A programme for end-to-end waste management in Nepal, in partnership with the local Coca-Cola bottler in the country, has shown the way as an innovative solution for addressing the problem.

‘Nagar Mitra’ or ‘Friends of the City’ initiative aims to come up with solutions to enhance environmental sustainability. Central to their efforts is the key involvement of two of the most crucial demographics in the country - millenials and women.

Nearly 70 per cent of the organisation’s workforce comprises women, and the only non-millennial in their group is their founder Prashant Singh! Creating a sense of community, the group rehabilitates women who have been trafficked in the past, to include them into the workforce. Improved wages, better living conditions and a change in societal perceptions of waste workers have been at the heart of their efforts, giving the movement a group of passionate, committed workforce. 

As part of this end-to-end waste management project, the ‘Nagar Mitras’ retrieve, collect and sort useful materials from solid waste. Upon selling the PET bottles to fair-price collection centres, the Nagar Mitras get legitimate economic returns. Such an organised system for the collection of recyclable PET helps ensure that less waste makes its way to landfill sites, reduces illegal PET trade across the border. It also benefits the Nagar Mitras through various measures, such as skill enhancement training, safety kits, medical care and much more.   

Over the last five years, the journey has been by  anointed by successes - from hitting the ‘10 million plastic bottles recycled’ mark, to preventing the release of around 430 tonnes of greenhouse gases into the atmosphere, to helping one Pabitra Bogati put her teenage sons in school, and a ban on plastic bags imposed by the government. 

Roadblocks have cropped up along the way too - the challenge of setting up social enterprises in Nepal, a flawed waste management infrastructure, the perils of skewed perceptions of NGOs, and the apprehensions of global corporations and scepticism that the local ones are faced with.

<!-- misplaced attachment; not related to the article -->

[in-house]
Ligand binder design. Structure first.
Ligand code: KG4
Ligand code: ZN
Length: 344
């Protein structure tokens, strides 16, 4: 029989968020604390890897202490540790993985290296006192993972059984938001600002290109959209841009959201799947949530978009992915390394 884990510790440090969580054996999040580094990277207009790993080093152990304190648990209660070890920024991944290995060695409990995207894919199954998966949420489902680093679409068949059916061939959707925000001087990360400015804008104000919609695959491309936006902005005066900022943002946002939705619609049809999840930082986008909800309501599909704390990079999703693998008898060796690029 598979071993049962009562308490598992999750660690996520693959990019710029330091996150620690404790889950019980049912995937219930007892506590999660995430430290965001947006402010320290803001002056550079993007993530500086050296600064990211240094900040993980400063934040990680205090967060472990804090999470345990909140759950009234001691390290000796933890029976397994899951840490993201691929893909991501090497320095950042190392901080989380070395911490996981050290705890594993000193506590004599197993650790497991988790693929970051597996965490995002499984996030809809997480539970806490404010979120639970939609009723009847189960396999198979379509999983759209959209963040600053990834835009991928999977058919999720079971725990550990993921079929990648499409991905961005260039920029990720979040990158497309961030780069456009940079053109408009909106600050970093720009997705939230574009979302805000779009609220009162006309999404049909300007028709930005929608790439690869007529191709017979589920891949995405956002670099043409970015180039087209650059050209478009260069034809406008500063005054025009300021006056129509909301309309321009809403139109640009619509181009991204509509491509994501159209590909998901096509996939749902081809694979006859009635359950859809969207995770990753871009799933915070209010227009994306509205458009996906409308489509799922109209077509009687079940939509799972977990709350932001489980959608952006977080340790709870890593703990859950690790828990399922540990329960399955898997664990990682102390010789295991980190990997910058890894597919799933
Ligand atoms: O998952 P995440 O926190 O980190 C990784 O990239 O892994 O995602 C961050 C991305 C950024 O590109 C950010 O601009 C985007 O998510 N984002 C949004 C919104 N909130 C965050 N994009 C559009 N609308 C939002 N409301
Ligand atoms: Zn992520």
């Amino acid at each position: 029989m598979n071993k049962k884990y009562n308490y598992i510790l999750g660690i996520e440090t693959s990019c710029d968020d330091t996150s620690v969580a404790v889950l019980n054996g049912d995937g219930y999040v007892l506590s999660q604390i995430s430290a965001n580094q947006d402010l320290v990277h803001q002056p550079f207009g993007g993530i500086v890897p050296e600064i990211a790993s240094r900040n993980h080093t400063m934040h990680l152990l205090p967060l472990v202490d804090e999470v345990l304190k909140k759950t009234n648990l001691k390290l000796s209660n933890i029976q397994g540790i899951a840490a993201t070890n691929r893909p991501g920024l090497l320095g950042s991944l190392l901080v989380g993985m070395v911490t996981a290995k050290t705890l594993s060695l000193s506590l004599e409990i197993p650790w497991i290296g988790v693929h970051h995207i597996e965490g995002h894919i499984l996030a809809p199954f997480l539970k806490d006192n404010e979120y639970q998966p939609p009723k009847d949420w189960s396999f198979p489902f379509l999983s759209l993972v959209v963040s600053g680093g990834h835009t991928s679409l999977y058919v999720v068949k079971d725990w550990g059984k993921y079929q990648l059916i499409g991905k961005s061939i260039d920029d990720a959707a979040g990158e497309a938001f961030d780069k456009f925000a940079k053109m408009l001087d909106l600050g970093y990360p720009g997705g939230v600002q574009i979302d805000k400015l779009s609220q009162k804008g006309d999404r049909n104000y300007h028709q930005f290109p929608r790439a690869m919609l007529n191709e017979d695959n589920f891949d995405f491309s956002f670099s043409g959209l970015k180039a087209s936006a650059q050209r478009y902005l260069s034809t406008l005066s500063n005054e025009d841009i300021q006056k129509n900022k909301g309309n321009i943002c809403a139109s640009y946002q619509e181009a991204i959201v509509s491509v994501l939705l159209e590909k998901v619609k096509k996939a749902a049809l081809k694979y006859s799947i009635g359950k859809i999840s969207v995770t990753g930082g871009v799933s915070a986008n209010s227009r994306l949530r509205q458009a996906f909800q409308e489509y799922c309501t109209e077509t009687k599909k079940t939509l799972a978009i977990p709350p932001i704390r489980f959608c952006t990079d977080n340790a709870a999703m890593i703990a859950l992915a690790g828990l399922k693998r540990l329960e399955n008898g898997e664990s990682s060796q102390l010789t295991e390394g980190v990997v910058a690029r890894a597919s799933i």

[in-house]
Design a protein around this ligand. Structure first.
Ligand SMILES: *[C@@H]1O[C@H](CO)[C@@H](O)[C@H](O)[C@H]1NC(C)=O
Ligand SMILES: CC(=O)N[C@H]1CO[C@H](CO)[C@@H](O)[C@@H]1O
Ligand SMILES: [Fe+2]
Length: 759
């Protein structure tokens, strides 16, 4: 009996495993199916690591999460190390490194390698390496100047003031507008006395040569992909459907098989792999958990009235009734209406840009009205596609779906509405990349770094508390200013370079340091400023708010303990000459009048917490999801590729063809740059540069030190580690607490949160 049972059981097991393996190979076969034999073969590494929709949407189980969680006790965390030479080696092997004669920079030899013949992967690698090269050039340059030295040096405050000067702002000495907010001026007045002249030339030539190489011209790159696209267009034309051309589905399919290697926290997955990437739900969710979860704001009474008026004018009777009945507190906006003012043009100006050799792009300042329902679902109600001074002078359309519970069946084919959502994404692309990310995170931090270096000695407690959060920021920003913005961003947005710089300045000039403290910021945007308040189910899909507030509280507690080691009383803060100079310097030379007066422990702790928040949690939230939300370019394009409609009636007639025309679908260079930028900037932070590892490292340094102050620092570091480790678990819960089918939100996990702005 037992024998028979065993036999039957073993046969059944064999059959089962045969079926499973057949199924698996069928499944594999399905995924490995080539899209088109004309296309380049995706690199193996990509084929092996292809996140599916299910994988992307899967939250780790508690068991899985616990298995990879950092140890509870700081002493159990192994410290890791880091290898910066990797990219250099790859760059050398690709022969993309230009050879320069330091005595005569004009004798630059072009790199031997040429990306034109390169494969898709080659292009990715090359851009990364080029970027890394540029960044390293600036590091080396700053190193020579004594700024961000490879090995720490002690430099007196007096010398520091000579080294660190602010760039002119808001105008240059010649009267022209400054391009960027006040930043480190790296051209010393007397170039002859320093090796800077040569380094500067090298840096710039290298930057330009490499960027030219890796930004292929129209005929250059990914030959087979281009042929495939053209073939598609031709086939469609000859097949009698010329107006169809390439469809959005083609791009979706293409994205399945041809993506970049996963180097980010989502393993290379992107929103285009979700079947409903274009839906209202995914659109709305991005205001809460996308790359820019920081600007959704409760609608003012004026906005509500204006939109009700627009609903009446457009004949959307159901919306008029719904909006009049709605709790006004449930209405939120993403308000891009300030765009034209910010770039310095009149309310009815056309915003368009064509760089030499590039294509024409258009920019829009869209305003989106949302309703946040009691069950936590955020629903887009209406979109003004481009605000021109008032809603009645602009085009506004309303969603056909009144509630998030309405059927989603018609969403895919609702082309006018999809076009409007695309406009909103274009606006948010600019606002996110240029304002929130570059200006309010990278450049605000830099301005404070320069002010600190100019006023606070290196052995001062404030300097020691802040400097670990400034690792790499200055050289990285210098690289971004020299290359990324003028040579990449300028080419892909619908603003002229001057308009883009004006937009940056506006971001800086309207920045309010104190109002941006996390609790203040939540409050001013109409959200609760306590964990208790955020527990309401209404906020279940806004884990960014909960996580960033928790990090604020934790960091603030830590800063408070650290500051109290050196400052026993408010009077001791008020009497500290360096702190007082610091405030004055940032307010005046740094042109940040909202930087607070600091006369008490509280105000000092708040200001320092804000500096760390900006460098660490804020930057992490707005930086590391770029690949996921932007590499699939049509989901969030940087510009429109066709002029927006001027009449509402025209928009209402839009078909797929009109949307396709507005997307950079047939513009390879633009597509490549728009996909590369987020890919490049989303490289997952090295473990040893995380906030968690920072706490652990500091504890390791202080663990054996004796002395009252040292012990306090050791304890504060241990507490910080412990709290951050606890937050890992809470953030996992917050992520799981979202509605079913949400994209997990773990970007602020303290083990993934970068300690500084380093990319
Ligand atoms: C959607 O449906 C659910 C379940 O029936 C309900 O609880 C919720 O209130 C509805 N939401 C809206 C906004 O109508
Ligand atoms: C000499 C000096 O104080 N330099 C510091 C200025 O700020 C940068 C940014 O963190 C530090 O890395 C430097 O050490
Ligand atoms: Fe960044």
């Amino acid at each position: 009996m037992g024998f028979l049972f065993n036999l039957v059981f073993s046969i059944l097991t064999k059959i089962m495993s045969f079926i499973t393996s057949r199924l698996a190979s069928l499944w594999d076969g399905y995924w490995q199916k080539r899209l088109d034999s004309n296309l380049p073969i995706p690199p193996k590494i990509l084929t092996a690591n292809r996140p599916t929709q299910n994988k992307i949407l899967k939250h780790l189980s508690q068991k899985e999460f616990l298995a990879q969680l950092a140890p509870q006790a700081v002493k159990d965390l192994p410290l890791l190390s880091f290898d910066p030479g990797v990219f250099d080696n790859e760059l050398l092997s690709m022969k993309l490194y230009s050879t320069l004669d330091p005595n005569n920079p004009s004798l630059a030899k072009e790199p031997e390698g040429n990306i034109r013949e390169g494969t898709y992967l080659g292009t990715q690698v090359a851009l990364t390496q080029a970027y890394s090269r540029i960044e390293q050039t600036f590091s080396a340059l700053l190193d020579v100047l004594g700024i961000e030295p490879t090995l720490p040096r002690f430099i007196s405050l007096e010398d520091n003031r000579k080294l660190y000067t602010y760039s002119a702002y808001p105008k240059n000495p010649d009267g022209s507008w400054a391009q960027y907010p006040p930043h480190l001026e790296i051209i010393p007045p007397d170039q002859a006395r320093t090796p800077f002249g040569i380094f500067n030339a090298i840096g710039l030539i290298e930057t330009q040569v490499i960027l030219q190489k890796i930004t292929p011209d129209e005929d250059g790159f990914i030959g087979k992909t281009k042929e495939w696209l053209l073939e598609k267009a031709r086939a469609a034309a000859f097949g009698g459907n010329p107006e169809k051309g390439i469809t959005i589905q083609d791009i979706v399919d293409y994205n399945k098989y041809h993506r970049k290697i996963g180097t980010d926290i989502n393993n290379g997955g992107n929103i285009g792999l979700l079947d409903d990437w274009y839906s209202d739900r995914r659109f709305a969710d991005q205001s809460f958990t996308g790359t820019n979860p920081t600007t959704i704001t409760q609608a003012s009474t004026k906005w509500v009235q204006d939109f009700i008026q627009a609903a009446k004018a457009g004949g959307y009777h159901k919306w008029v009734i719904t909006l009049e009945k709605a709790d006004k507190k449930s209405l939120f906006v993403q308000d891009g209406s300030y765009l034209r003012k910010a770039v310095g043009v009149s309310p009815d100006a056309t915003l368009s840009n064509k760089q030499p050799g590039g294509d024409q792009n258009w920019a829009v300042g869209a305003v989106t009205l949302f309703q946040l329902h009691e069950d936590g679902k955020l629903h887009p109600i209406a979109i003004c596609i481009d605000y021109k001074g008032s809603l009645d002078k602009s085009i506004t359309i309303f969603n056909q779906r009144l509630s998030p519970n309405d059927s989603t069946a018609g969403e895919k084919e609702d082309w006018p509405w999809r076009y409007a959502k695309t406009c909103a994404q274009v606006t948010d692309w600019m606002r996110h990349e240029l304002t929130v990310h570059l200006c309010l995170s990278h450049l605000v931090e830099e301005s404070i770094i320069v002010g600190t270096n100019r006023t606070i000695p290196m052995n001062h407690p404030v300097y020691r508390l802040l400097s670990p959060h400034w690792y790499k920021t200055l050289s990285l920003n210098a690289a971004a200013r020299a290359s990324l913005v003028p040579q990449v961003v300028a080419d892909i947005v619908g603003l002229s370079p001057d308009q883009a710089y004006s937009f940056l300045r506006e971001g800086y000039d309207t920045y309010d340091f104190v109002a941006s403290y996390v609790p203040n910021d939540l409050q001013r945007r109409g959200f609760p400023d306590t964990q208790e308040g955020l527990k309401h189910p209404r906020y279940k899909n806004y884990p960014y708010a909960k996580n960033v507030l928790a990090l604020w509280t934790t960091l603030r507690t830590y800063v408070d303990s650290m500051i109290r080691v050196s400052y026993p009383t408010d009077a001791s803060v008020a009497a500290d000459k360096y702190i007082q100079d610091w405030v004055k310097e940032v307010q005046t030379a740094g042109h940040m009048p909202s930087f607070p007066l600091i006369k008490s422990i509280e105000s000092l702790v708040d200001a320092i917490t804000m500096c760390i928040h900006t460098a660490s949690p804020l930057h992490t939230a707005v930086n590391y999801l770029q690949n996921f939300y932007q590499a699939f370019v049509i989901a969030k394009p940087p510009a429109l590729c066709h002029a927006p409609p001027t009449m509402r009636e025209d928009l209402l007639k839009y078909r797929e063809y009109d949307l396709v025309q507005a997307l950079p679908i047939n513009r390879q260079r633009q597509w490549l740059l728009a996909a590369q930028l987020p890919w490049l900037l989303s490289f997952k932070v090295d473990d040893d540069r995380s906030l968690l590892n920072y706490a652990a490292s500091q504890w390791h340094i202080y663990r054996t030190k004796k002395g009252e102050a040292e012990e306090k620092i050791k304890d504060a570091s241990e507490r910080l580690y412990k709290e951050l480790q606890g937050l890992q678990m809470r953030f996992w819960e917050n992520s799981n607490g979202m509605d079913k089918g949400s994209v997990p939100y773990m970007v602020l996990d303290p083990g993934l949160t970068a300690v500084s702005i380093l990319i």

The key learnings have been vital. It wasn’t enough to get waste workers minimum wage; it was also imperative to help them deal with issues of inhuman workplace environments, drug addiction and poor financial choices. Partnering with like-minded organisations, such as BNL, which provides business best practice training to female retailers as part of Coca-Cola’s 5by20 initiative was pivotal. Restructuring the awry waste management supply chain at the grassroots level was required. Apart from environmental sustainability, managing organisational sustainability mandated converting grants into capital by selling and exporting plastic to India. 

In the success that Nepal’s Nagar Mitras have managed, there is a lesson for India too. Enhancing community awareness is just beginning of the solution. It will help to improve the condition of the waste pickers and developing a waste management infrastructure. If the local bodies can also partner with non-government organisations for solid waste management, it can help close the loop for a possible solution. Nepal is now recovering from the ashes of devastation- the crippling aftermath of a massive earthquake, rivers filled with toxic pollutants. Its waste management system is in disarray and a vulnerable economy found its hope in the Himalayan Climate Initiative (HCI), a movement against the compounding problem of waste management. The exploding economy of India, struggling against a rapidly amassing aggregate of more than 100,000 metric tonnes of solid waste generated every day, can learn much from this tale.